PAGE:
In order to avoid bloodshed and insure a peaceful transition, the Croatian Declaration concluded:

Serbia met this call for peaceful dialogue with the bloodiest warfare Europe had seen since World War II, slaughtering over ten thousand people, exiling hundreds of thousands and crushing the human rights of non-Serbs in every corner of former Yugoslavia.

Charter Relating to the Rights of Serbs and Others

In order to dispel any doubts about the Croatian government's commitment to human rights and exceptional rights for the Serbian minority, the Croatian Parliament in its first session as an independent state, adopted The Charter Relating to the Rights of Serbs and Other Nationalities in the Republic of Croatia on June 25, 1991:

  1. A just solution relating to the issue of Serbs and other nationalities in the Republic of Croatia is one of the important factors to democracy, stability, peace and economic advancement, and to cooperation with other countries.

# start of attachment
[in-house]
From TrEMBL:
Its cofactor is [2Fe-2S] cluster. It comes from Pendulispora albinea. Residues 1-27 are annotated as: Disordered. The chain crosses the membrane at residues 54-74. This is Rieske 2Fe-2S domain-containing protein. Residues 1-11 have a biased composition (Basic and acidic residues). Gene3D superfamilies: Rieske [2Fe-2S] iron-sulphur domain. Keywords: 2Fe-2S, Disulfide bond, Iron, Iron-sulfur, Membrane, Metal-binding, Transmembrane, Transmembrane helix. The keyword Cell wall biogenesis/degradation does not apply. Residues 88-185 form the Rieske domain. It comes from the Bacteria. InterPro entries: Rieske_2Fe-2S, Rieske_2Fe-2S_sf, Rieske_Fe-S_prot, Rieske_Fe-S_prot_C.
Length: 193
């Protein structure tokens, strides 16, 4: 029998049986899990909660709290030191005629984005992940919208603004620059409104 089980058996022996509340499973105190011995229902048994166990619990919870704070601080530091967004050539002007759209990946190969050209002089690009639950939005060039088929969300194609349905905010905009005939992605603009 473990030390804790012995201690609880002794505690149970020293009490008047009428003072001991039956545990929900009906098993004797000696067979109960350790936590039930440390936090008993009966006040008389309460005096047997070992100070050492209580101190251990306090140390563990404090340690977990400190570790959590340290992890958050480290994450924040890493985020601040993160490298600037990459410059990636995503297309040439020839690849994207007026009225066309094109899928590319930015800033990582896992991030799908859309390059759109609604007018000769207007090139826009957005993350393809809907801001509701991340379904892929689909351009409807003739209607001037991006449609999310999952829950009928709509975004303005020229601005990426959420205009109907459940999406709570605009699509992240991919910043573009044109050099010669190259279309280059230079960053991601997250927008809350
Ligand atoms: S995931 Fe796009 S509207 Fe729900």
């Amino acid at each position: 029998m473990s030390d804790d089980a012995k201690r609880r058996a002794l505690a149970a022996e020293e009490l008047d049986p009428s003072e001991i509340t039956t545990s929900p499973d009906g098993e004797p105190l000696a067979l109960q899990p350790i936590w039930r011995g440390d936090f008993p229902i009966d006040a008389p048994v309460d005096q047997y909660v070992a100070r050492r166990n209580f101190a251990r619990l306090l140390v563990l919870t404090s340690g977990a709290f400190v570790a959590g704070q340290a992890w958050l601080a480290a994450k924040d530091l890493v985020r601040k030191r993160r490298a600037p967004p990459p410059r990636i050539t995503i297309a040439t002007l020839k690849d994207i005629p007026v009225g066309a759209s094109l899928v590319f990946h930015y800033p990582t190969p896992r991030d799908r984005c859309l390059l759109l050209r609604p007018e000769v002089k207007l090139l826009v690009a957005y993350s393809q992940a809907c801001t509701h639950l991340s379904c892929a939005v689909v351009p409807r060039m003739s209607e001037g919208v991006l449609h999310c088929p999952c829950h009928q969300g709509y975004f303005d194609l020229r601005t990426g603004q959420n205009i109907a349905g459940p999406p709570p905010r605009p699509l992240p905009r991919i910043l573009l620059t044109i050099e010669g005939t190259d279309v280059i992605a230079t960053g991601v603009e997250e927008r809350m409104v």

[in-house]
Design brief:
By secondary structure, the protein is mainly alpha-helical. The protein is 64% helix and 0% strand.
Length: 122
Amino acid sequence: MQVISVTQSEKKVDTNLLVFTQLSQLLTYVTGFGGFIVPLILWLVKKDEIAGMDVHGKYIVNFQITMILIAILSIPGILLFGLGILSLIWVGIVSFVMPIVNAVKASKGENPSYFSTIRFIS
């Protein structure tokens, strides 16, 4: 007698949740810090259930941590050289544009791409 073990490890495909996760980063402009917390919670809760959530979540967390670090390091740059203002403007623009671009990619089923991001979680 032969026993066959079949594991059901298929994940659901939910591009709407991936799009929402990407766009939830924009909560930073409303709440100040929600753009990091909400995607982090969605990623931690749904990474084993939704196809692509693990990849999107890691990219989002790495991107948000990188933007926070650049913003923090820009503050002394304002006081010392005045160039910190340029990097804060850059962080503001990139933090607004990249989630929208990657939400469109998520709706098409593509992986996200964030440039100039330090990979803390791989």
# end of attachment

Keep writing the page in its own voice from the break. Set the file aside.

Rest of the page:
2. The protection and full realization of rights for all nationalities in the Republic of Croatia, as well as the protection of individual rights is a composite part of international protection of human and civil rights and the protection of nationalities and as such they belong to the area of international cooperation.

  3. The rights of nationalities and international cooperation will not allow any activity which is opposed to the regulations of international law, especially sovereignty, territorial integrity and the political independence of the Republic of Croatia as a united and indivisible democratic and social state.

  4. All nationalities in Croatia are legally protected from such activities that would threaten their existence. They have the right to respect and to self preservation of their cultural autonomy.